When you start evaluating employees based on results, you'll begin to create an ecosystem of trust, and that's what leads remote workers being happier in their jobs. When employees feel trusted, they can do their best work. You have to lean back and trust your staff. If your instinct is to control, remote work is going to fail in your organization.
If you manage a team that is partially or fully remote, you're not going to be able to rely on chance run-in's in the hallway to drive communication. Everyone, whether in-office or remote, needs to be proactive about communication and making those moments. With a little bit of work and structure, you can actually create those casual, communication-sparking moments digitally.
Don't fire anyone on Slack. That's – hopefully – an obvious example that demonstrates what I mean about matching your method to the conversation. It holds true for all sorts of nuances around communication. If you're doing a deep dive to teach an employee how to use a new piece of technology, you'll probably want a clear, real-time communication method like a video conference with a screen share. Video is the best way to get emotional context, so for sensitive conversations where it's imperative to get the tone of the conversation right, be sure to use video.
This tip is especially helpful for organizations where employees span multiple time zones. The main point of asynchronous communication is providing clear information so that someone can do their job when you can't check in anymore. You're setting someone up to be successful without you. Engineering teams have used this technique very successfully to build intricate products without being online all at the same time.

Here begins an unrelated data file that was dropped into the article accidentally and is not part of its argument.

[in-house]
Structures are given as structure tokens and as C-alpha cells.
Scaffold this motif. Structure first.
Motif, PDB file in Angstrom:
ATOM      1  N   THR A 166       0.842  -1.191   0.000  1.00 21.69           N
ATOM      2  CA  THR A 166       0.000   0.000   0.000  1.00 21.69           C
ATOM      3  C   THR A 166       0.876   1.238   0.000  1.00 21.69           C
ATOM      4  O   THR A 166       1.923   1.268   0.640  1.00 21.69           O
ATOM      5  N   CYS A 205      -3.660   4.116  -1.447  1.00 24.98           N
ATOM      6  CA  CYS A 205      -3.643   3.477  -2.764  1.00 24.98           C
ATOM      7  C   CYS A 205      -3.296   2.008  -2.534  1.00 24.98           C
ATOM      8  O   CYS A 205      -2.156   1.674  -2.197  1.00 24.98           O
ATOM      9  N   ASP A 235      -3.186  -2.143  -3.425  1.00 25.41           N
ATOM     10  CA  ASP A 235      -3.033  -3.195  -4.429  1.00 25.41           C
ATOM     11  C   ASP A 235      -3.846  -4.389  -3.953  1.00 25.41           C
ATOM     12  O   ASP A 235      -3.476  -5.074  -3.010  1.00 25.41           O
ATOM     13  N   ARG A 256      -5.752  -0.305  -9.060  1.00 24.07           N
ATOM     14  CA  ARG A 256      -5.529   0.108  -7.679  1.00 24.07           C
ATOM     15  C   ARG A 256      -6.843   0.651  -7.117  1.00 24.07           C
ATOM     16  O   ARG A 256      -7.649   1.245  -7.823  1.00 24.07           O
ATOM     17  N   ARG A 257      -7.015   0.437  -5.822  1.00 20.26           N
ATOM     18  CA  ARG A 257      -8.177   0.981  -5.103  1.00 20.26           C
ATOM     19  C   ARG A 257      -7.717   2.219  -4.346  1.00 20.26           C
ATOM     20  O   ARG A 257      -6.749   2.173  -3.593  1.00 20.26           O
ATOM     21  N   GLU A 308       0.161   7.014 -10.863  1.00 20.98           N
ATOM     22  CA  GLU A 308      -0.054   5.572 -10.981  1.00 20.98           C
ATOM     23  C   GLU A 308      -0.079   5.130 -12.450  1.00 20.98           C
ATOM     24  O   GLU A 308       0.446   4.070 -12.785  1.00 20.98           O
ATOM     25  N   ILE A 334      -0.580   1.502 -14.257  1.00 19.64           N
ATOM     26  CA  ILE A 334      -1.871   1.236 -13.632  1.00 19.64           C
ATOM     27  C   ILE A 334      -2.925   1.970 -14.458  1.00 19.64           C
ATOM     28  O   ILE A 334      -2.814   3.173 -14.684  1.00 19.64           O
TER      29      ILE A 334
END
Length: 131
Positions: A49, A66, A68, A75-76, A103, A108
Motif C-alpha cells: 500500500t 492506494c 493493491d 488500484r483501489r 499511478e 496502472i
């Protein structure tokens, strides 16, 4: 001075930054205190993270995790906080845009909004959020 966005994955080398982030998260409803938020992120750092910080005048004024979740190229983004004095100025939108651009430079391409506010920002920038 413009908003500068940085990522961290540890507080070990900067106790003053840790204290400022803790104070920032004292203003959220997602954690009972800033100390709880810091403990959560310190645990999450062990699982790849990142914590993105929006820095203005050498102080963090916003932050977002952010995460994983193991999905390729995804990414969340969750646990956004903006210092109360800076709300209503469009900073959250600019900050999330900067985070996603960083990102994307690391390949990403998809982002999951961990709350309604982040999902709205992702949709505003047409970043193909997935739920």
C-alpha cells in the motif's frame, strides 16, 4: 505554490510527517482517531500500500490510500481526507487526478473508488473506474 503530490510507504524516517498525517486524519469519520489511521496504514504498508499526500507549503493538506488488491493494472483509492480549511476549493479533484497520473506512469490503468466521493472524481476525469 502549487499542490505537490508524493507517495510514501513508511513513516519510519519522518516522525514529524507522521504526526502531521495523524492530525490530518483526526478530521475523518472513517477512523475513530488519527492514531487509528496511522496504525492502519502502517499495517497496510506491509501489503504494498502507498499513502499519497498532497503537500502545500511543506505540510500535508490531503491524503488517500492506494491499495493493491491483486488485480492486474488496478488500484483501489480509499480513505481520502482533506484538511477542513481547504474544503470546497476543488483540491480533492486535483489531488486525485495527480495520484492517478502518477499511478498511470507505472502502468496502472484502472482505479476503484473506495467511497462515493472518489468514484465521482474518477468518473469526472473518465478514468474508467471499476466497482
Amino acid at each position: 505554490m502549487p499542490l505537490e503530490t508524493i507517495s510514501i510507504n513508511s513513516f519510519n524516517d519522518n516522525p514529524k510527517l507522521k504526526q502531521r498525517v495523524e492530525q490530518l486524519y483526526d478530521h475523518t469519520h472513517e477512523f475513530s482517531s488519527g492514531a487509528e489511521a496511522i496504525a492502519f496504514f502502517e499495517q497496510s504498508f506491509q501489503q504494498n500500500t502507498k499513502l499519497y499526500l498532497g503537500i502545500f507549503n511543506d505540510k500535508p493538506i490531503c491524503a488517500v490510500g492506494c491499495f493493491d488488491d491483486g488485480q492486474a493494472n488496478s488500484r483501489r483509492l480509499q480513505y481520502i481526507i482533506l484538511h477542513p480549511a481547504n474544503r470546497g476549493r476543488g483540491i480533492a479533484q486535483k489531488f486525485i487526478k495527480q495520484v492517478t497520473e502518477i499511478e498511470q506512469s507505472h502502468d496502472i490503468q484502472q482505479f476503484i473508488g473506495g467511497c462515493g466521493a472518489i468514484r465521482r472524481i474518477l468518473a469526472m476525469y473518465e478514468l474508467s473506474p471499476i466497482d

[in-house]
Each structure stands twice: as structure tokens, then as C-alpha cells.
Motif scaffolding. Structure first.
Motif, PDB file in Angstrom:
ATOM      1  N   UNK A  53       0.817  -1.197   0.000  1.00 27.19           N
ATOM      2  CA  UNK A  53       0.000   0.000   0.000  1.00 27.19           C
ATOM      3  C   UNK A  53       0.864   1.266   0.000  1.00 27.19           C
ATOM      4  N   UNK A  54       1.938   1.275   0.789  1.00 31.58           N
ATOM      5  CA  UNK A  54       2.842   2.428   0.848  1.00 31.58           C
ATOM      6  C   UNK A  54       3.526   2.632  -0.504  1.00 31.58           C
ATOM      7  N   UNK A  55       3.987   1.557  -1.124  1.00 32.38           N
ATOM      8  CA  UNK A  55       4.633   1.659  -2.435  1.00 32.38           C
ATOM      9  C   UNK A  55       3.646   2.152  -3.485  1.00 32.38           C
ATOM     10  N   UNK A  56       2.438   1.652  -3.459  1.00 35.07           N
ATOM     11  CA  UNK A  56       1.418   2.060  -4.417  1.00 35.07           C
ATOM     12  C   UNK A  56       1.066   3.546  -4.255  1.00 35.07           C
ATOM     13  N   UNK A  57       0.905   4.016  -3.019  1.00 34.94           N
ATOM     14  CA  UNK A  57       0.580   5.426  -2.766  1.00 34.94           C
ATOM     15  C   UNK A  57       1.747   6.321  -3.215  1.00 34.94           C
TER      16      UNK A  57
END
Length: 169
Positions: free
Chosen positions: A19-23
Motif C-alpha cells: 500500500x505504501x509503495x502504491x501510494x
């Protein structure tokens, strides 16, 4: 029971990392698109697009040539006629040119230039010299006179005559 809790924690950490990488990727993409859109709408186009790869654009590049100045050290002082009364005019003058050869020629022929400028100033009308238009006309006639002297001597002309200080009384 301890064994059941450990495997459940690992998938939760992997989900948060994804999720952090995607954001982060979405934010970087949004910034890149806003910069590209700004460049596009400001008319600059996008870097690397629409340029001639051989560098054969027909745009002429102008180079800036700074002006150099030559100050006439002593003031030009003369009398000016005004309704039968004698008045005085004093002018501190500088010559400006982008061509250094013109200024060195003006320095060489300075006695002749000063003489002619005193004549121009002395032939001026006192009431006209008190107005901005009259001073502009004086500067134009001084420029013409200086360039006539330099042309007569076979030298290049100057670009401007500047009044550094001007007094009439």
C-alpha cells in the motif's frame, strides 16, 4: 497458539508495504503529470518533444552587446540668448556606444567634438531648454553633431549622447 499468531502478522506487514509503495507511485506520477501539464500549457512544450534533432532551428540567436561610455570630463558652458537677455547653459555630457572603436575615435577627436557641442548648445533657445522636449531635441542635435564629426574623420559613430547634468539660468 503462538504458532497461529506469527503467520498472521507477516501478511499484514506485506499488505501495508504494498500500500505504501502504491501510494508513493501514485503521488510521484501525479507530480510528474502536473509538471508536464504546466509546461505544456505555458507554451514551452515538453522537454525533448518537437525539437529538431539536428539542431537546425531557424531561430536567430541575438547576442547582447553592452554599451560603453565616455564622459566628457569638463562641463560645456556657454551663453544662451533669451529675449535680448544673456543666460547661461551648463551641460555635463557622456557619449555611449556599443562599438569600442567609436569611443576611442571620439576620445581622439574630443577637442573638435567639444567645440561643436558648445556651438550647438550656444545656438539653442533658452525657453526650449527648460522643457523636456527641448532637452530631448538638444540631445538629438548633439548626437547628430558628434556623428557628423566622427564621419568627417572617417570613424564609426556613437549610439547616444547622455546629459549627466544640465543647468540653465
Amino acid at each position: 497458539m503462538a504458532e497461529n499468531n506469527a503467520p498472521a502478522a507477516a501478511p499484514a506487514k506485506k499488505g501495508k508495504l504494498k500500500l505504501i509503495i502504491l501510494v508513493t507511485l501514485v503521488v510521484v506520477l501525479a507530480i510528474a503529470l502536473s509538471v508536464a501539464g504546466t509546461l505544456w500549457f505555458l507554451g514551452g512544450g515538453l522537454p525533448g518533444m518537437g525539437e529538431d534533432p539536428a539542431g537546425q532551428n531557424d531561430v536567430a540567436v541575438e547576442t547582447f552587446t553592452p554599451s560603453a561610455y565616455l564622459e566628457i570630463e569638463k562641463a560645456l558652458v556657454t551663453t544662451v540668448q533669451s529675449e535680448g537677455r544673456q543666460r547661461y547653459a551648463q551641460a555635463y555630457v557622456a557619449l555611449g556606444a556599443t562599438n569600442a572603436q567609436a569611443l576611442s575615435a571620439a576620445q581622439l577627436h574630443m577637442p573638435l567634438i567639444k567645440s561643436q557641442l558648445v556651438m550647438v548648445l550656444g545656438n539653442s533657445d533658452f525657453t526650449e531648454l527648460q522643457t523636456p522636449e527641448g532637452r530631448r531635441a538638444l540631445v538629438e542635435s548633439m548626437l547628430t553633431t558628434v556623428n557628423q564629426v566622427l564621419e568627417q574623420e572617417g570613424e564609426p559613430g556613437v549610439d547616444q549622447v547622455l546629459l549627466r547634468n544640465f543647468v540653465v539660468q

It's important to invest in strong relationships across your team, especially when your team may not see each other in person all that often. You can do this across the whole organization, it doesn't just have to be at the leadership level. At Owl Labs, we've been known to bring a camera with us to the bar when we meet an important milestone so that remote employees can be a part of our celebration and our social hangout.
If you do have the ability to provide employees with swag, make sure that everyone gets it. It's so easy to forget, but leaders need to make the effort to be conscientious so you don't have your remote employees thinking, "What about me?" This can be as easy as shipping a t-shirt via snail mail.
While I'm a huge proponent for remote work, at the end of the day there is nothing better than being together in person. It's just the truth. That is the way you can have the most natural, authentic connection. Embrace this as often as you possibly can. It can get expensive to bring your whole team together, so be thoughtful about how you're using the time. I promise that you'll hold onto those special moments for a long time, so it's worth investing in.
Lookin for more? Download our free leadership guide for managing remote employees next.